Insightful Lightbulb icon Funny Laughing icon Abusive/trolling/spam Flag icon Insightful badge Lightbulb icon Funny badge Laughing icon Comments icon

Comments on “VLC Multimedia Player Shows Changing Open Source License Is Hard, But Possible”

Subscribe: RSS Leave a comment
R says:

GPLv2 Allows License Upgrades

But the individual copyrights of perhaps the best-known open source code, that of the Linux kernel, have not been assigned in this way. That makes the prospect of contacting the thousands of people who have contributed code, and getting them to agree to a license change, not just hard, but probably impossible, not least because some of them may be dead.

This isn’t necessary. The GPLv2 explicitly states that anything licensed under it can be licensed under later versions of the GPL, so if there was any interest in moving Linux to GPLv3, all you’d need is a flag day after which all patches were understood to be under the new license. The only reason the kernel is GPLv2 is because Linus likes it that way, and because any license change that is sufficiently controversial will result in a fork under the previous license.

Arne Babenhauserheide (profile) says:

Re: GPLv2 Allows License Upgrades

That?s not true. Different from creativecommons licenses, with GPL, the developer explicitely states which licenses apply – except if he just gives no version (than all versions are ok). The default header says ?version 2 or later? but some projects like Linux decided that they do not trust the FSF, so they use only ?version 2?.

? If the Program specifies a version number of this License which applies to it and “any later version”, you have the option of following the terms and conditions either of that version or of any later version published by the Free Software Foundation. If the Program does not specify a version number of this License, you may choose any version ever published by the Free Software Foundation.?

Bob Jonkman (profile) says:

OpenStreetMap changed its license

Glyn, you may want to check with someone from the OpenStreetMap project. Over the last two years or so they’ve transitioned their mapping data from a Creative Commons license to the Open Database License. This affected thousands of contributors, who had to sign off in order for OSM to retain their data. More details at https://wiki.openstreetmap.org/wiki/Open_Database_License


Andrew D. Todd (user link) says:

It's Supposed To Be Hard.

In a democracy, major policy changes are supposed to be “hard but possible.” Going to the Lesser GPL License was a major policy change. The strict GPL license was formulated at a time when the big companies had an overwhelming advantage in terms of masses of secret proprietary code, which they could just recompile with minor additions and alterations. Hence the fear of “embrace and extend.” This condition no longer obtains– the corpus of open-source code has become sufficiently large and comprehensive, and it is the proprietary companies which are increasingly feeling trapped by their business model. At any rate, the VLC leadership had to go to the trouble of making its case to all the interested parties. This isn’t something they will have to do very often. I suppose at some future date, they might, possibly, want to go to BSD License, and that would involve another round of negotiations, but that is a problem for another day.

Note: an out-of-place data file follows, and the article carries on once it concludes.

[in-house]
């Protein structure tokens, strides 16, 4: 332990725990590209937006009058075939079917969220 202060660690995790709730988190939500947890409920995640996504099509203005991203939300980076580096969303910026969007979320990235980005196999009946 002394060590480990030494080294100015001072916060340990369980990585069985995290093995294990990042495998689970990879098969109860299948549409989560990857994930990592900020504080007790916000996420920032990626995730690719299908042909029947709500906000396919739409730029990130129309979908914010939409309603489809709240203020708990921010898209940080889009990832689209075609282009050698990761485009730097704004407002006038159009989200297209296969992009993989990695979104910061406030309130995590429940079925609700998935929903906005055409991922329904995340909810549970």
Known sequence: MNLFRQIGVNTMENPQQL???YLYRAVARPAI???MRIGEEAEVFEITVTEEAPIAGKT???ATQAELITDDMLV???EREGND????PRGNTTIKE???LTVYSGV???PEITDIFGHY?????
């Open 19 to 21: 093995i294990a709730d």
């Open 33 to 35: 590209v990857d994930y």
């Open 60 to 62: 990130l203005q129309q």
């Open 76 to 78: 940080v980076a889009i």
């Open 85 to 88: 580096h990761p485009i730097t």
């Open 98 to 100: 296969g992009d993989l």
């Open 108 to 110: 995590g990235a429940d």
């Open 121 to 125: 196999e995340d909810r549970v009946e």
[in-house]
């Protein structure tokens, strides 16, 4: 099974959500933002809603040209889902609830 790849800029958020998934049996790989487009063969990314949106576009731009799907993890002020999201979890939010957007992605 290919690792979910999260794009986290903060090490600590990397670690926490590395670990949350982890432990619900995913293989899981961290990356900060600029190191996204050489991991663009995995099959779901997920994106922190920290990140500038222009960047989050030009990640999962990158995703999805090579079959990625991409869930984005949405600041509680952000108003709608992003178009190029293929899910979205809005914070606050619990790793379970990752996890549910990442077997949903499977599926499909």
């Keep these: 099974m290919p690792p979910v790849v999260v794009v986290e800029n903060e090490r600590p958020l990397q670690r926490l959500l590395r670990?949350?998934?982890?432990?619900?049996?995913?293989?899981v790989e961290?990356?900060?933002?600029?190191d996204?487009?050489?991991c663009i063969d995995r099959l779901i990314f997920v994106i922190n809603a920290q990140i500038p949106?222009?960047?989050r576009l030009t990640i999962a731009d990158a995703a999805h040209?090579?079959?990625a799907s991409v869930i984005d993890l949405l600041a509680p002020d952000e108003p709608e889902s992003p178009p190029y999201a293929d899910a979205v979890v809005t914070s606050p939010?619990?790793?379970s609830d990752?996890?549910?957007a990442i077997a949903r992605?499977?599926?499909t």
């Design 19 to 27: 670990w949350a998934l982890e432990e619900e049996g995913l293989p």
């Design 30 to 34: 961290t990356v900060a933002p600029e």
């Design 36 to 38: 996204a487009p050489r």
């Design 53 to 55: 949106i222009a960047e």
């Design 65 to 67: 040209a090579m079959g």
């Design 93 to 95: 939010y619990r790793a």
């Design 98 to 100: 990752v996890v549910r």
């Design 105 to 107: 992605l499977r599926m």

As an aside, Open Source, to be true to itself, should compile as late as possible, say, during the installation process. There should be as few incomprehensible binary blobs as possible. Great sections of the GPL may become practically irrelevant in a context where it is the end-user who actually does the patching, compiling, and linking of code. If there is effectively no distribution of derivative works, the portions of the GPL dealing with such derivative works become moot.


Chris Maresca (profile) says:

Not unique, not the first

Mozilla was the first very large OS project to this about 10 (?) years ago. It had far more contributors (in the thousands), so it was a lot harder.

Interesting story, but really not news – pretty much everyone in the open source community knows what it takes to change licenses, a number of project have done so over the years.


Add Your Comment

Your email address will not be published. Required fields are marked *

Have a Techdirt Account? Sign in now. Want one? Register here

Comment Options:

Make this the or (get credits or sign in to see balance) what's this?

What's this?

Techdirt community members with Techdirt Credits can spotlight a comment as either the "First Word" or "Last Word" on a particular comment thread. Credits can be purchased at the Techdirt Insider Shop »

Follow Techdirt

Techdirt Daily Newsletter

Techdirt Deals
Techdirt Insider Discord
The latest chatter on the Techdirt Insider Discord channel...